EMMA MCNEILL asks if anxiety about paedophilia and failures in the UK’S social services have helped resurrect a bogeyman (or woman) of the 1990s
In the 1980s and 1990s, families in the UK – and to a lesser extent the US – faced an unusual threat: the Bogus Social Worker (BSW).1By the late Nineties, though, these strange visitors were becoming less common. A 1995 police investigation into the phenomenon concluded that there had been only a handful of genuine cases and that the majority of reports were the result of misunderstandings and a subsequent panic or mania.2
Today, BSWs are apparently on the rise again.3 Although many still identify themselves as social workers, they’re now claiming to be health visitors too. I became aware of this variation when a friend announced on Facebook that her own health visitor had warned her about a Bogus Health Visitor (BHV) in Cardiff.
The basics of an encounter today remain the same as in the Nineties heyday of the BSW. An unrecognised person calls on a family and says they he or she is from an official child welfare service and claims to be looking for signs of abuse or neglect. The caller is normally a woman, sometimes working with a “colleague”. She may have an odd appearance, such as wearing a wig or unusual clothing. There is an examination of the child or children and in some cases an attempt to take the child away. After the visit, the parent realises they have been duped and that the authorities have no record of the caller. After an initial isolated case there may be a wave of similar reports. A couple of weeks later, cases dry up.
Over the years a number of explanations have been put forward for the phenomenon. One possibility is that no one has ever been visited by a BSW. South Yorkshire’s Operation Childcare, which investigated reports of BSWs, found that salesmen, canvassers, researchers and even genuine social workers had been misidentified. A few researchers have concluded that BSWs don’t exist in concrete reality at all and are folkloric figures, like phantom clowns and the Men In Black. Some, like Patrick Harpur, have suggested that the BSWs are actually dæmons or tricksters.
The possibility of factitious reports is also worth examining. Some parents may be lying about these visits. This could be as a form of attention-seeking – perhaps similar to Munchausen Syndrome by Proxy.4 Or, as in one horrific case where a woman murdered her foster child, to conceal actual abuse. 5
But what if unidentified individuals really are visiting families and pretending to be from the authorities? Who could they be? Thrill-seekers who enjoy the power trip? Pædophiles trying to gain access to children? Or, perhaps more plausibly, are they self-appointed child-protectors or vigilantes who believe that by visiting these families they will prevent abuse that would otherwise be overlooked by the authorities.
When BSWs first emerged, the extent of child abuse in society was gradually being recognised; but, at the same time, moral panics about such abuse were also leading to false allegations against parents, as in the Satanic Ritual Abuse scandal of the time (see FT57:46-62). This, in turn, led to a mistrust of social workers, who had both ignored genuine cases and accused parents wrongfully. Perhaps this might have led some people to believe they had a duty to take matters into their own hands. Similar circumstances might explain why BSWs are on the rise again. There have been a number of high profile failures of social services – most prominently, that in Rotherham – and a growing awareness of pædophilia, including new threats posed by the Internet. People are also discovering that well-known celebrities from their childhoods were sexual predators hiding in plain sight. As in the Nineties, society is alert to both the possibility of child abuse and the inefficacy of authorities in dealing with it.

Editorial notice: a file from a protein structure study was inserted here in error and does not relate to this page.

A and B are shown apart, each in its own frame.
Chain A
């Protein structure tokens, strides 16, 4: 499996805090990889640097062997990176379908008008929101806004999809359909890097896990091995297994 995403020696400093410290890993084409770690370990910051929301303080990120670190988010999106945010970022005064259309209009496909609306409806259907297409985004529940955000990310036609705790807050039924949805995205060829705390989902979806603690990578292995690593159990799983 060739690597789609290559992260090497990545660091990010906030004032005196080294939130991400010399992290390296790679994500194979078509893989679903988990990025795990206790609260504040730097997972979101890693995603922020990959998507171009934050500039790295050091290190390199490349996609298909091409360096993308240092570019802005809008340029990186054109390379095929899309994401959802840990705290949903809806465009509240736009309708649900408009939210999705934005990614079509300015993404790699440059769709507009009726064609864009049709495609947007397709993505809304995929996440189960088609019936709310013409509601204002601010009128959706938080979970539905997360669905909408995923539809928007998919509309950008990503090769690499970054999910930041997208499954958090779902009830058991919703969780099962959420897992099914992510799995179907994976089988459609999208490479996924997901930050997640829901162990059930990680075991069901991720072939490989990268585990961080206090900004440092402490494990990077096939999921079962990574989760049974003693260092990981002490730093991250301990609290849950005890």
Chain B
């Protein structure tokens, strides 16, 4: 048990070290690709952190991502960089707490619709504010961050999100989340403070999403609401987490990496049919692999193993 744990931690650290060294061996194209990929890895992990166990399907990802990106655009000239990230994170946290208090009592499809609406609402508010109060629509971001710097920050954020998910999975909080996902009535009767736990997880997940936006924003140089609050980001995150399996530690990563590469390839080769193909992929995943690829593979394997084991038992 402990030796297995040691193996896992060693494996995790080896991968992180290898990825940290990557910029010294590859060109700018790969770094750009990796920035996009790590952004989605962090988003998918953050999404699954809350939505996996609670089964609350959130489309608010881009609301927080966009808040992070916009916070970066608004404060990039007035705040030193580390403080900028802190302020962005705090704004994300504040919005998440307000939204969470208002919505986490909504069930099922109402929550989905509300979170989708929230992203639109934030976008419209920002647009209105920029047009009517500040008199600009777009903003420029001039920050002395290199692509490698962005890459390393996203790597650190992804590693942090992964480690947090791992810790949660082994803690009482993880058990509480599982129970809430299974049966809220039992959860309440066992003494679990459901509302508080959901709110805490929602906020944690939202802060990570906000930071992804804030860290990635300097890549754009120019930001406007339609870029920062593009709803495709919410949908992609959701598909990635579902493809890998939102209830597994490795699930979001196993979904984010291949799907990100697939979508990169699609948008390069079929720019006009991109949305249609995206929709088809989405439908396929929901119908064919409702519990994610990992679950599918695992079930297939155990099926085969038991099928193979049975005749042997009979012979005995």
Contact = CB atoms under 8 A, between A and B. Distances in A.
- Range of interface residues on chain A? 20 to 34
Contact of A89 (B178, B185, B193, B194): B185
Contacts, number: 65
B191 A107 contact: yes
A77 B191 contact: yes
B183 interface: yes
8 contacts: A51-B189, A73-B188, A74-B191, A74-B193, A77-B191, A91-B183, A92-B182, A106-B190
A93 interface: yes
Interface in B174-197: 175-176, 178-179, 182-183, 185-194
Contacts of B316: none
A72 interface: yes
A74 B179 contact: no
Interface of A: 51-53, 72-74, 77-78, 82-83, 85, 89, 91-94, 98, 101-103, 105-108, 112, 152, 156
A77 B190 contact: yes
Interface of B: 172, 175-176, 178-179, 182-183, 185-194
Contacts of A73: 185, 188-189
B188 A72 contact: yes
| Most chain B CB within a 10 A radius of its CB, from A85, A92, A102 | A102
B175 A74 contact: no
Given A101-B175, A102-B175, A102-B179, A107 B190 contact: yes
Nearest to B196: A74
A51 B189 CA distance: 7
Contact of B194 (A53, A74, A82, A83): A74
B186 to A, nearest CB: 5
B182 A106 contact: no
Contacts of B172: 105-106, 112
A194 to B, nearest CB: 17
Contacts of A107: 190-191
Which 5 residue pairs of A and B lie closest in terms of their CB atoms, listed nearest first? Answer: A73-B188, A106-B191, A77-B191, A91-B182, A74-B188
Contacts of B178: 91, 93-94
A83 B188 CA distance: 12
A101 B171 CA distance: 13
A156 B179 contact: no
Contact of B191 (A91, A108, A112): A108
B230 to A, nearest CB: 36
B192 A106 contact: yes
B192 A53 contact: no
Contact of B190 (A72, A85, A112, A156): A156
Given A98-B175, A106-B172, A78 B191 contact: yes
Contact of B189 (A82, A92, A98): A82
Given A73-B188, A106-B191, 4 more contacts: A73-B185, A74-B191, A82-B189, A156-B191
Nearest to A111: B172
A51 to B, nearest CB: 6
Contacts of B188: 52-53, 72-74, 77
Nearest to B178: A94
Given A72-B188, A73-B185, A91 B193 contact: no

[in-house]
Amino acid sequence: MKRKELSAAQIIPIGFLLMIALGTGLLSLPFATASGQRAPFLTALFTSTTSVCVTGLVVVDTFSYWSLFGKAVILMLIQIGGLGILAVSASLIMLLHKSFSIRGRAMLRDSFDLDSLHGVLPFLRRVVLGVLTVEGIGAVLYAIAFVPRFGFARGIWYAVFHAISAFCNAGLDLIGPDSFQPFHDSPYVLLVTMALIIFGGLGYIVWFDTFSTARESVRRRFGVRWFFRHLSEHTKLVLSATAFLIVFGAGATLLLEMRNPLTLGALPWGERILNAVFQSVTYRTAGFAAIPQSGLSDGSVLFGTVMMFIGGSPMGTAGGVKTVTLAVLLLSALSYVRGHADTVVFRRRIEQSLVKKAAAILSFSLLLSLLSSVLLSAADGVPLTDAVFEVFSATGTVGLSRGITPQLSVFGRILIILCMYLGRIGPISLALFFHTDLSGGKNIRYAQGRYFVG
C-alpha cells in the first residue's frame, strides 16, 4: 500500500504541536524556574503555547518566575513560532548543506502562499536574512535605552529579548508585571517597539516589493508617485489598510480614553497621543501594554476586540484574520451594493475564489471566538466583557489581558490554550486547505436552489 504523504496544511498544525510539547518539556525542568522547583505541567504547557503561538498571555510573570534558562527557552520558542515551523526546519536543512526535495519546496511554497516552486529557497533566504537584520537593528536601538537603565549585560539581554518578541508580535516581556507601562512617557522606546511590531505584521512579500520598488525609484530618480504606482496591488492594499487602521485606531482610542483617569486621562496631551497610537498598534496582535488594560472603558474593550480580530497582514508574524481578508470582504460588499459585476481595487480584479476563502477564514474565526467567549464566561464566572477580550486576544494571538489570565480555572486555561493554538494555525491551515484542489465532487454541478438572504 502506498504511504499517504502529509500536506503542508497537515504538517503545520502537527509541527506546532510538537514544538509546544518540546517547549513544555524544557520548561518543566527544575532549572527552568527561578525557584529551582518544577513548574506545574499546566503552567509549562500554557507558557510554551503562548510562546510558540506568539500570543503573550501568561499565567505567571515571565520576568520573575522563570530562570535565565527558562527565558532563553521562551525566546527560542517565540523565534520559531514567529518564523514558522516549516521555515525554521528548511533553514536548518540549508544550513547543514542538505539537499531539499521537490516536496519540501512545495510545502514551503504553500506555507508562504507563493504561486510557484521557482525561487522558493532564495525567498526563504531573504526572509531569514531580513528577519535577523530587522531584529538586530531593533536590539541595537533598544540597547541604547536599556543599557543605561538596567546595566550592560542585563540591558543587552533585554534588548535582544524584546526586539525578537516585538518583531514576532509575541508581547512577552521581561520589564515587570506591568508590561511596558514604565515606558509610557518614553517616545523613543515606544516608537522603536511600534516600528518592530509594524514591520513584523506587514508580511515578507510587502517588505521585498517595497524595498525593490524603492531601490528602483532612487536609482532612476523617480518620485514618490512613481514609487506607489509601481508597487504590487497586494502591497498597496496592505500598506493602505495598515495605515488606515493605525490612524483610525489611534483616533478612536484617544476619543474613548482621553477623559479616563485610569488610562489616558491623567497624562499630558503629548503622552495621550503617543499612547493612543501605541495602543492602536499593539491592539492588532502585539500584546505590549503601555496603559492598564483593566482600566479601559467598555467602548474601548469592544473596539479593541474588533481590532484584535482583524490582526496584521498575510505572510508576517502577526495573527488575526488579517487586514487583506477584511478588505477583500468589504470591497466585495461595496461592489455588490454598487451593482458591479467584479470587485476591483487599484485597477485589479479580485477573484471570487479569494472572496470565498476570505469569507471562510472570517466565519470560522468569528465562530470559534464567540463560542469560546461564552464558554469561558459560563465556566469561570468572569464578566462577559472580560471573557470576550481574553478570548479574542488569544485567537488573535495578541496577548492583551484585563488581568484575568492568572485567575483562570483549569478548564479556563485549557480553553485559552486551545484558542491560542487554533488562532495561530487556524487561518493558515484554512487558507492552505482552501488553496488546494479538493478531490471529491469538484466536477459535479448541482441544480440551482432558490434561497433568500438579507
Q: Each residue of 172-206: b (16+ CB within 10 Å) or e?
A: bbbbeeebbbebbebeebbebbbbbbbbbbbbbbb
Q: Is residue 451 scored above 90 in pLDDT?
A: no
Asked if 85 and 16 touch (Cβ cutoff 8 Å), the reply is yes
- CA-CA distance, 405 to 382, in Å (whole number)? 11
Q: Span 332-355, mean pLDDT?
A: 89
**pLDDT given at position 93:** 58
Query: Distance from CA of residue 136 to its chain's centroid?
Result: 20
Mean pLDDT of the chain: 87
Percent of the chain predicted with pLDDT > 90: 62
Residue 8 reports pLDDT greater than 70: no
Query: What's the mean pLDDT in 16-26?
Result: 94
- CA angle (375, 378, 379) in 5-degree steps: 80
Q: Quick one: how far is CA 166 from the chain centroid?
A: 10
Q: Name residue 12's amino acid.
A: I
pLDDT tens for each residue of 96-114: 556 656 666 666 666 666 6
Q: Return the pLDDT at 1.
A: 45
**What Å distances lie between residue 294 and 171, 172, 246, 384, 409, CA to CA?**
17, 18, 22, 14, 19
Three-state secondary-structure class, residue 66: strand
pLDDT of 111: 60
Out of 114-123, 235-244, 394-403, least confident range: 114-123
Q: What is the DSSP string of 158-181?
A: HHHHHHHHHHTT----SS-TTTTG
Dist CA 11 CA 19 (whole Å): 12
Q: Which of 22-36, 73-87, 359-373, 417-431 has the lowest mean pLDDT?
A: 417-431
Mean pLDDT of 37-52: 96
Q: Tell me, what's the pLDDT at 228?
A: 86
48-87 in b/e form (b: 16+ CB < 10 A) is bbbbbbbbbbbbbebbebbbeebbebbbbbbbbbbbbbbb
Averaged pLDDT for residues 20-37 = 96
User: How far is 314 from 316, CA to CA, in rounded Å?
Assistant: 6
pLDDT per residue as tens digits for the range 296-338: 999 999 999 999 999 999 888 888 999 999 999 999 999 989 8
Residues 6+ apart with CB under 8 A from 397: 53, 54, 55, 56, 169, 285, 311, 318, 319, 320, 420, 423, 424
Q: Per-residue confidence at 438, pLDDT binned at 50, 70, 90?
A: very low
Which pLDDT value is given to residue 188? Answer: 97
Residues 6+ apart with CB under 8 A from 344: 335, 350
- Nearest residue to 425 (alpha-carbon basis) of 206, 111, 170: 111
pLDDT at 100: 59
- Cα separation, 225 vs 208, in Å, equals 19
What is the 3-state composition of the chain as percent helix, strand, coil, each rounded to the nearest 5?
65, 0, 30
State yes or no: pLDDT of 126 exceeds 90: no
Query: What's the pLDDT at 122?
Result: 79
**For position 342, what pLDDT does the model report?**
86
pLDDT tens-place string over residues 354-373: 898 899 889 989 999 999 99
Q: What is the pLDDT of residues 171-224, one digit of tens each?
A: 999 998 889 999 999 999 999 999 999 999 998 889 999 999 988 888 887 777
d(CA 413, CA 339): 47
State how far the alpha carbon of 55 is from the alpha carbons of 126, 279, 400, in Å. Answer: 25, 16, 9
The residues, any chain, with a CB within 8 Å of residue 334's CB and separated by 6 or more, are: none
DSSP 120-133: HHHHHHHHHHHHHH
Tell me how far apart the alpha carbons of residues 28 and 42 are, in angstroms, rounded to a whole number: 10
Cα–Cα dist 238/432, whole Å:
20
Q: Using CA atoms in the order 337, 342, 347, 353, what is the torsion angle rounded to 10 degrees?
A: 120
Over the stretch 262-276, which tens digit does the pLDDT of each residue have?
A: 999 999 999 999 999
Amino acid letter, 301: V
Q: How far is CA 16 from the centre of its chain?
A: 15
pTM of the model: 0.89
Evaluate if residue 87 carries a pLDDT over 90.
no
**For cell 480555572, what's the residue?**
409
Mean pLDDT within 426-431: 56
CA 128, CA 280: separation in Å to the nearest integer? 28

The increase in people turning up on doorsteps claiming to be health visitors can be explained simply: the expansion of the health visitor system has made them a familiar feature of family life. Why would a parent doubt that the person on the doorstep is the real thing? Parenting forums are full of people wondering if they can refuse to see the health visitor and being warned that this will bring up child welfare red flags. I can see why parents would feel obliged to let anyone claiming to be a health visitor into their home.
While most reports may be misunderstandings, the ones that aren’t are worrying. Isn’t being concerned about BSWs and BHVs a good thing? We can be alert without descending into hysteria. And even if they are just modern bogeymen, as forteans we know that just because something is an urban legend doesn’t mean it can’t happen. Just ask anyone who bought a poodle at an Argentinean market.6
1. I use the word “bogus”, used by authorities and many researchers. “Phantom” is also used, but puts the phenomena in the realm of folklore excluding more concrete explanations.
3. See my book The Angel of Mons (Wiley 2004) for a full discussion of Machen’s sources and his clashes with those who believed in divine intervention such as Harold Begbie, author of On The Side of the Angels (1915).
For reports of Bogus Social Workers since 1990, see FT57:43-45, 61:36, 66:48-49, 77:36-38, 87:18, 98:14-15, 270:10-11, 273:11, 281:11, 315:24.
EMMA MCNEILL is a freelance writer with a lifelong passion for forteana who can’t believe she actually gets to write about weird stuff. She lives in County Down, Northern Ireland.
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